To help advance legislation in Minnesota, those who have been victims of conversion therapy are speaking up and sharing their experiences. Survivors Roger Sanchez and Jack Richter have been instrumental in educating the public through their stories.
Sanchez, who grew up within the Church of Latter-Day Saints, still experiences nightmares and the negative effects of conversion therapy. He’s had to attend medically-approved therapy to help with the trauma.
“It’s mental torture, for some, physical. It completely hinders a person’s capacity to love, capacity to trust, capacity to develop, and it definitely leads to substance abuse for some,” he says.
When he was a teenager, he told his church bishop that he was struggling with his sexual orientation.
“Growing up, I was taught that homosexuality is wrong, and it’s not a good thing,” Sanchez says. “It wasn’t really talked about. So when, I was gay, back then I didn’t really have the words for it. I didn’t really have the vernacular.”
The bishop and Sanchez’s father then recommended conversion therapy, in which the therapist tried to rewire Sanchez’s thoughts, desires, and personality.
“He had activities for me to do, like this week try to be more masculine, try to play a sport, try to connect more with men—straight men,” he says. “For me it was very depressing—I did contemplate suicide a few times.”
He went on his Mormon mission to make his parents happy, at the same time he underwent conversion therapy.
“Honestly, based on what my religion taught me, I really thought there was something wrong with me. I thought I needed to change. I feel like if you are for conversion therapy because of your religion, then there’s something wrong there,” Sanchez says.
Eventually Sanchez quit conversion therapy and got true help from a different therapist to deal with the damage. Now he’s with a supportive partner as he continues to struggle with the lingering effects of the abuse.
“Conversion therapy was designed to erase a group of people and to invalidate their existence. And we are here, and we’re not going anywhere, and we’re making our stance,” Sanchez says. “It’s just a business trying to erase a group of people in a system that wasn’t meant for them. It’s just a business preying on innocent parents who don’t know any better and on poor children who are just trying to survive and make their parents happy.”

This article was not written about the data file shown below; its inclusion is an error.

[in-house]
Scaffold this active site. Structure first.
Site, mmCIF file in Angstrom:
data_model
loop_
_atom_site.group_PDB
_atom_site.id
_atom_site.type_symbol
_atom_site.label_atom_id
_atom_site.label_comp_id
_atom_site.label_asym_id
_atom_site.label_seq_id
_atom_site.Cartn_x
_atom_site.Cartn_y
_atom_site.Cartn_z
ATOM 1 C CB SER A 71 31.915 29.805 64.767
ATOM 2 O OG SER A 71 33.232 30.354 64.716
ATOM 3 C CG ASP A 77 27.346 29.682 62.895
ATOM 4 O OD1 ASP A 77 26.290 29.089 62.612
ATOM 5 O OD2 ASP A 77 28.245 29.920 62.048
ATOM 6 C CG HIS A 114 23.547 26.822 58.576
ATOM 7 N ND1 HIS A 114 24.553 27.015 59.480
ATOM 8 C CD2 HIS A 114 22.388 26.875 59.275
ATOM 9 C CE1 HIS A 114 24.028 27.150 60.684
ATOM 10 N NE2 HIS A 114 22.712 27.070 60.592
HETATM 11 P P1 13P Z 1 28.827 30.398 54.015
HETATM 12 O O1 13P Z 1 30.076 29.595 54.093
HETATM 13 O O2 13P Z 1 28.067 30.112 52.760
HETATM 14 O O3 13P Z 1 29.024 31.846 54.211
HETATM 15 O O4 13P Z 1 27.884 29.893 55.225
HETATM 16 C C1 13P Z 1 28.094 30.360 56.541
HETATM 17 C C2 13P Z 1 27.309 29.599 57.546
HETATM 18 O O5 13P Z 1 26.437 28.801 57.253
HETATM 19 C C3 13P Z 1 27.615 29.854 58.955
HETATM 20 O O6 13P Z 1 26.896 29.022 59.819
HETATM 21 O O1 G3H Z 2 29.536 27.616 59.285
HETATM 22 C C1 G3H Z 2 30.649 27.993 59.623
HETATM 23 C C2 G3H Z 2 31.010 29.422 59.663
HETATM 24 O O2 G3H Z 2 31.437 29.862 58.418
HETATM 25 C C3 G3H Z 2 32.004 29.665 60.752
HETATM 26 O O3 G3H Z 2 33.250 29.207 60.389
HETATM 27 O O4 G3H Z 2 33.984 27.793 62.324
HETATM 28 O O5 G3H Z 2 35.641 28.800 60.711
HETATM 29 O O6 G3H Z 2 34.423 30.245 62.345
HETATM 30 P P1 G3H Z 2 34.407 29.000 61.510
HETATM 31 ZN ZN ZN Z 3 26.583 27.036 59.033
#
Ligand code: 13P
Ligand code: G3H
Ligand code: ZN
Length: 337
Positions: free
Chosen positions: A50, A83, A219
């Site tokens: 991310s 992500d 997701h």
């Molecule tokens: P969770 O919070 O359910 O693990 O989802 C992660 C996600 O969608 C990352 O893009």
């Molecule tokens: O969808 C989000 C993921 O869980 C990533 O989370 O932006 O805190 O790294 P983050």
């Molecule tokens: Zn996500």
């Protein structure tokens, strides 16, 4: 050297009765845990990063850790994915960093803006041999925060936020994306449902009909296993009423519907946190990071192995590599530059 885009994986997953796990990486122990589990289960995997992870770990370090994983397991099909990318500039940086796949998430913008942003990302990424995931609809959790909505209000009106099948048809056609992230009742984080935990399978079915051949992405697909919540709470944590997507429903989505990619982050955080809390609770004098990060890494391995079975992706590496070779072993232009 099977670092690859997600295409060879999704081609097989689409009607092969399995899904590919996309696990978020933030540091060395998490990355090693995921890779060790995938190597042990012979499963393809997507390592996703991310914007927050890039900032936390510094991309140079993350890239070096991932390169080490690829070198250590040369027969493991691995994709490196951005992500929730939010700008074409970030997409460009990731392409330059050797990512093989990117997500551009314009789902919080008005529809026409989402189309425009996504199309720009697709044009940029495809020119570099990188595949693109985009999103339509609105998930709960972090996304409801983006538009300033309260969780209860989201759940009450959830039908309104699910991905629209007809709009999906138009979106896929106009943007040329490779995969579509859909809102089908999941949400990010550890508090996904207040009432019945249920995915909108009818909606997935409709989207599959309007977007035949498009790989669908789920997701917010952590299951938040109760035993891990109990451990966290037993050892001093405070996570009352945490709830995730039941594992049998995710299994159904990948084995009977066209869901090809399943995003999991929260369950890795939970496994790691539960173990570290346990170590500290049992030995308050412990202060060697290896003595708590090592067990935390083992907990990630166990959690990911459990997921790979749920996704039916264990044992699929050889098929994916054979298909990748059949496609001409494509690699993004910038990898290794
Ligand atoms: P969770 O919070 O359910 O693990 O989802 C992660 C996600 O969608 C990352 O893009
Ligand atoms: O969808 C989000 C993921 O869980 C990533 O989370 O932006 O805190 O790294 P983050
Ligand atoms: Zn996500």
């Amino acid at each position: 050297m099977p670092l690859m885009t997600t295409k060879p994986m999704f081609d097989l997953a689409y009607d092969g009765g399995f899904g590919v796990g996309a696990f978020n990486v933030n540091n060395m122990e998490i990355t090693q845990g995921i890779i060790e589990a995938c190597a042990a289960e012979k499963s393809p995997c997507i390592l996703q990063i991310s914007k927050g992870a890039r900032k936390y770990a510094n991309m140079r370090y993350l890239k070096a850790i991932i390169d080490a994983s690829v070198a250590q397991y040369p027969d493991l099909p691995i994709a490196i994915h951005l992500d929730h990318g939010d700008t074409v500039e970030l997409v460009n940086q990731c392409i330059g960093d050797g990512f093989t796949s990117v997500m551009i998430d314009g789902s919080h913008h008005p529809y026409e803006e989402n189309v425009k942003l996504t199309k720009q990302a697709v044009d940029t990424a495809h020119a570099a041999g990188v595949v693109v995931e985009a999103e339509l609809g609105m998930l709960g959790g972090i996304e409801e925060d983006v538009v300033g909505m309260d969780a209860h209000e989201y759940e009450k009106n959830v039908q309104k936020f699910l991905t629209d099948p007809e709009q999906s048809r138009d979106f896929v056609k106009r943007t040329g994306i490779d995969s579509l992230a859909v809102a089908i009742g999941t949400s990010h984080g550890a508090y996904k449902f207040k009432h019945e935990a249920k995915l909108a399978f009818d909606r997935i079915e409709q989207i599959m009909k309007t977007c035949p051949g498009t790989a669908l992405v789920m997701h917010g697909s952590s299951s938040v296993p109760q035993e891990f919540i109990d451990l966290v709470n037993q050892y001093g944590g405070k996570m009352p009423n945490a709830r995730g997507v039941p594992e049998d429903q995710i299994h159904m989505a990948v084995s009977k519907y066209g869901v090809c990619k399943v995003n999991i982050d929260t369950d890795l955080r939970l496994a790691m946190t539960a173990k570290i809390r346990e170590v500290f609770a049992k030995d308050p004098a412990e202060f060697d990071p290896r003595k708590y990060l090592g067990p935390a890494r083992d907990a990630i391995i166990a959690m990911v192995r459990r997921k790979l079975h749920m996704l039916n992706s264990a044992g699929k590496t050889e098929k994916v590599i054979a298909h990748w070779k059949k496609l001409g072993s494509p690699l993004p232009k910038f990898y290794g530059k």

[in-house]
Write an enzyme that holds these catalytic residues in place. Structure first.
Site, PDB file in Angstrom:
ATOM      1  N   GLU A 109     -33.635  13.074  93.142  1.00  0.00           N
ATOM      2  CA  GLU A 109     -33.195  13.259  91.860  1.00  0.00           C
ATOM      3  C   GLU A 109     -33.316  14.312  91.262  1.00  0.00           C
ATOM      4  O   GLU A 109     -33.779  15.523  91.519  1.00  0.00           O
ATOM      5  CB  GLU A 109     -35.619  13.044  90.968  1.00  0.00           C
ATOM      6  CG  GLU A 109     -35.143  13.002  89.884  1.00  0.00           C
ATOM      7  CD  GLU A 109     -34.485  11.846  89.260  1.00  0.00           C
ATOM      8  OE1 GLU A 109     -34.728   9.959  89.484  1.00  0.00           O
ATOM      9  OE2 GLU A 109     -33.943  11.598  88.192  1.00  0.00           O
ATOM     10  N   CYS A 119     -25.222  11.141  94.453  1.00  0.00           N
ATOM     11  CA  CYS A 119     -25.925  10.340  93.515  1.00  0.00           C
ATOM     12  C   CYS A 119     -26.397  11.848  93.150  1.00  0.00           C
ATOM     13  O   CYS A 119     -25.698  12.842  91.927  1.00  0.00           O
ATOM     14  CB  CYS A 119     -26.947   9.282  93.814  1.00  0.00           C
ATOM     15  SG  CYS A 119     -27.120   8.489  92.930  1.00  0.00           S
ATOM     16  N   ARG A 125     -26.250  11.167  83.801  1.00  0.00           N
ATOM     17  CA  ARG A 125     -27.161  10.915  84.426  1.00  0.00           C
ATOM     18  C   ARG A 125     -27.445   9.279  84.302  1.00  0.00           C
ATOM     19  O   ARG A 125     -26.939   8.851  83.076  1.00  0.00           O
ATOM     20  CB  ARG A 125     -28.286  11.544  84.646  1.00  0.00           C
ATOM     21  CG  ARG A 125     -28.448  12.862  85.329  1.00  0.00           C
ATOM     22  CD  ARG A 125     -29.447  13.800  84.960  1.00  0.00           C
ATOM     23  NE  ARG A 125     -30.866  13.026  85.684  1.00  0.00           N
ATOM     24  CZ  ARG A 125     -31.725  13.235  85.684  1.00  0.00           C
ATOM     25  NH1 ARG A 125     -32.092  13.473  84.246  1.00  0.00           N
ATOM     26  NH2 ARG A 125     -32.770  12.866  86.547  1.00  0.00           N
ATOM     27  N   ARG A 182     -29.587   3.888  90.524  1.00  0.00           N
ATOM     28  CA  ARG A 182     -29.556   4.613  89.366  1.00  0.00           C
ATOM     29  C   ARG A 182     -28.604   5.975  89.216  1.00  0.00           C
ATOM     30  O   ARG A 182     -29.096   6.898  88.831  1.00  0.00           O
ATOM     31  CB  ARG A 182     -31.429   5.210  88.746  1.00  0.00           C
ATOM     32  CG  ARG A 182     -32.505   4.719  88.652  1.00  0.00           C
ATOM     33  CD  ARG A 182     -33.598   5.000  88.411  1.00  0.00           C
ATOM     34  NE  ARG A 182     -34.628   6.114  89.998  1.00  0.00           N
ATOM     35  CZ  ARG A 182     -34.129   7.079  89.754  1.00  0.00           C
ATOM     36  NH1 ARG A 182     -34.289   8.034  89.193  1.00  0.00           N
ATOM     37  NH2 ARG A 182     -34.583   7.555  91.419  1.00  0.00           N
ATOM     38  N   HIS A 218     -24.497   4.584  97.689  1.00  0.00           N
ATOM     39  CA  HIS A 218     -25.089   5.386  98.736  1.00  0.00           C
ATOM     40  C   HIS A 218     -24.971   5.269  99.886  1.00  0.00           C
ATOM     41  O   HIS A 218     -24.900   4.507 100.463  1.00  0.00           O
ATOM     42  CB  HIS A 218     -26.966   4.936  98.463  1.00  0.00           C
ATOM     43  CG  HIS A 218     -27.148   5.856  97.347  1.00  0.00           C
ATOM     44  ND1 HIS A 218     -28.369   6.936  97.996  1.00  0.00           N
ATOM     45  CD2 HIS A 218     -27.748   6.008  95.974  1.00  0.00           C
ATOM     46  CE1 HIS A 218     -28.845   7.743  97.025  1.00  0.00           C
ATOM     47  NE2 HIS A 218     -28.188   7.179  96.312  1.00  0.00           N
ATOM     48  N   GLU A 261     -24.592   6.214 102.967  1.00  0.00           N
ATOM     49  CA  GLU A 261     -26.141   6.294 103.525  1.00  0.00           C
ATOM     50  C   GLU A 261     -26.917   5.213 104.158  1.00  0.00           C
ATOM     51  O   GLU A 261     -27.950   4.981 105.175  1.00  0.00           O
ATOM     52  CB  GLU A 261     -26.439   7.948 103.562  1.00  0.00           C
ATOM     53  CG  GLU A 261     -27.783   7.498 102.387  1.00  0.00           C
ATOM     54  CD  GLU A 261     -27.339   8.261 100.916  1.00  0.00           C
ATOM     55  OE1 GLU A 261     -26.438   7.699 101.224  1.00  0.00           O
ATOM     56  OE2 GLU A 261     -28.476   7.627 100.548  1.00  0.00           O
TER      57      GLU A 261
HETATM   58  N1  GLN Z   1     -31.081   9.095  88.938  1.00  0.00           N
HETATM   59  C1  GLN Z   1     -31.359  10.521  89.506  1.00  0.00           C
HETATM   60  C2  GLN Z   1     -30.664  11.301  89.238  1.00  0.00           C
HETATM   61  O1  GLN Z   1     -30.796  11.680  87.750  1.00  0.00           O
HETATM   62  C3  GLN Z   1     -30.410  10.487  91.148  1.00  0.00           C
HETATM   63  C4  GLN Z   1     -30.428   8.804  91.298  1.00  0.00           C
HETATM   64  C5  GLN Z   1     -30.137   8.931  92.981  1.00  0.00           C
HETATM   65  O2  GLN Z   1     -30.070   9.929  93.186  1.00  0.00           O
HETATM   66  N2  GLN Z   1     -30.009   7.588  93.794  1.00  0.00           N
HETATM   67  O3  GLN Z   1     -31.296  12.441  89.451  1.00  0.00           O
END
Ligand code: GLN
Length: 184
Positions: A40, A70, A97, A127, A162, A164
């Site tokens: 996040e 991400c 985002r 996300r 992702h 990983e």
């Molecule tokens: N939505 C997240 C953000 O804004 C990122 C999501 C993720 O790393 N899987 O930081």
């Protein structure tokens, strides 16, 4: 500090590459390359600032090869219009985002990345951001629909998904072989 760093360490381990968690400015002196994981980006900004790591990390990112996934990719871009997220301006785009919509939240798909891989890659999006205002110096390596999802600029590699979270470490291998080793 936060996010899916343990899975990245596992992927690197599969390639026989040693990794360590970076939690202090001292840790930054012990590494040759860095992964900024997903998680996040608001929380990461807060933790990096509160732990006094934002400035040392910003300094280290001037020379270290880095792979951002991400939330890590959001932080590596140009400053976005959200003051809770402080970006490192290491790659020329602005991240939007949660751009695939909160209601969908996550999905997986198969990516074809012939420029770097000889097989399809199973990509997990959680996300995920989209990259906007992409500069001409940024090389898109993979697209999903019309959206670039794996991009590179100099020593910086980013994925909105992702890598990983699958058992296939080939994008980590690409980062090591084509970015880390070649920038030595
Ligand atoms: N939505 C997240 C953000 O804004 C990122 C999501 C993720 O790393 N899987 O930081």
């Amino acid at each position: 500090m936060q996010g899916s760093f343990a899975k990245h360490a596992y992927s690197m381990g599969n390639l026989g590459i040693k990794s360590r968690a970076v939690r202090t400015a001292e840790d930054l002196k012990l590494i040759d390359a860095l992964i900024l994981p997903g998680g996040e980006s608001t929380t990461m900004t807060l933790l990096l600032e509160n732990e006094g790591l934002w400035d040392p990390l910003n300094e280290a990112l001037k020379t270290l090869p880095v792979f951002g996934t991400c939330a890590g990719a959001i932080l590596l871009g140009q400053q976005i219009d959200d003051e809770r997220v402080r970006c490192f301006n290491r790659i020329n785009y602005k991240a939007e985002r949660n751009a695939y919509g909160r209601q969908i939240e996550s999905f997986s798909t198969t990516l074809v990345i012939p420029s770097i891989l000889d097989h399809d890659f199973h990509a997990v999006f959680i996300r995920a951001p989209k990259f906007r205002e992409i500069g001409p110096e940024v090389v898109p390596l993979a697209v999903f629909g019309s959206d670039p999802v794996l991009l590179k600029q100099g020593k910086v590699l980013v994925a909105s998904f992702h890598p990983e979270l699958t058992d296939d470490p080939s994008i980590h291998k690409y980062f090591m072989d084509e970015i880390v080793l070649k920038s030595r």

For Jack Richter, conversion therapy touched practically every aspect of his life. He experienced depression and suicidal ideations, his dream career became sidelined, rifts were created in relationships with his family, and his close friends who went through the therapy committed suicide.
“The horrid thing about that is each night when you go to sleep, and you have the inevitable sexual dreams that come up… I would wake up screaming in the middle of the night,” Richter says of when he was heavily involved in conversion therapy programs.
When Richter came out, his stepsister showed him a Bible with highlighted passages and told him he would go to hell if he didn’t become straight.
“She told me that I was deviant,” Richter says. “My whole world crashed around me. She told me that I would never see my mom again, because I would go to hell. And I would never see my mom again in heaven. And my mom is the most important person in my life.”
She then presented him with a solution: conversion therapy. She had the literature all prepared. Richter agreed to it, and went on to spend 12 years of his life with the mission of becoming straight.
“The ex-gay movement told me, and this was at the age of 22, that I was gay because my brother molested me. At 22, you just can’t wrap your head around that,” Richter says. “Being molested as a kid, you’re already dealing with so much shame. And the ex-gay movement tells me that’s why, and I am very surprised I didn’t suicide. I mean, I came close, but I fought that, partly because of the huge teaching in the Catholic church that if you suicide that’s a total mortal sin, and you’ll go immediately to hell. So, it’s a horrible, horrible place to be, because you’re literally damned to hell if you suicide, but yet you’re still damned to hell if you act on your sexual orientation.”
He now finds healing in atheism, speaking his truth, and in educating people about the reality of conversion therapy.
“Healing is a daily process for me... I believe in what I can see, hear, feel, taste, and touch, and nothing beyond that.”
In the Church
Many religious leaders in the Twin Cities recognize the damage conversion therapy can do not only to a person’s mental health but their faith. And these pastors and religious bodies have spoken out against the practice.
At Gloria Dei Lutheran Church, Reverend Javen Swanson helps people heal after experiencing conversion therapy by reconciling their faith with their LGBTQ+ identity.
“I think conversion therapy organizations are almost always so-called Christian ministries that are built on harmful and objectionable theology. I think conversion therapy organizations inflict spiritual violence on people,” Swanson says. “At best, I think conversion therapy destroys peoples’ faith as they are told God hates them the way they’ve been created. And at worst, I think conversion therapy leads to increased impotence of depression and suicide.”
While he sees the impact of the city bans on conversion therapy, he thinks they’re limited and hopes to see a statewide ban.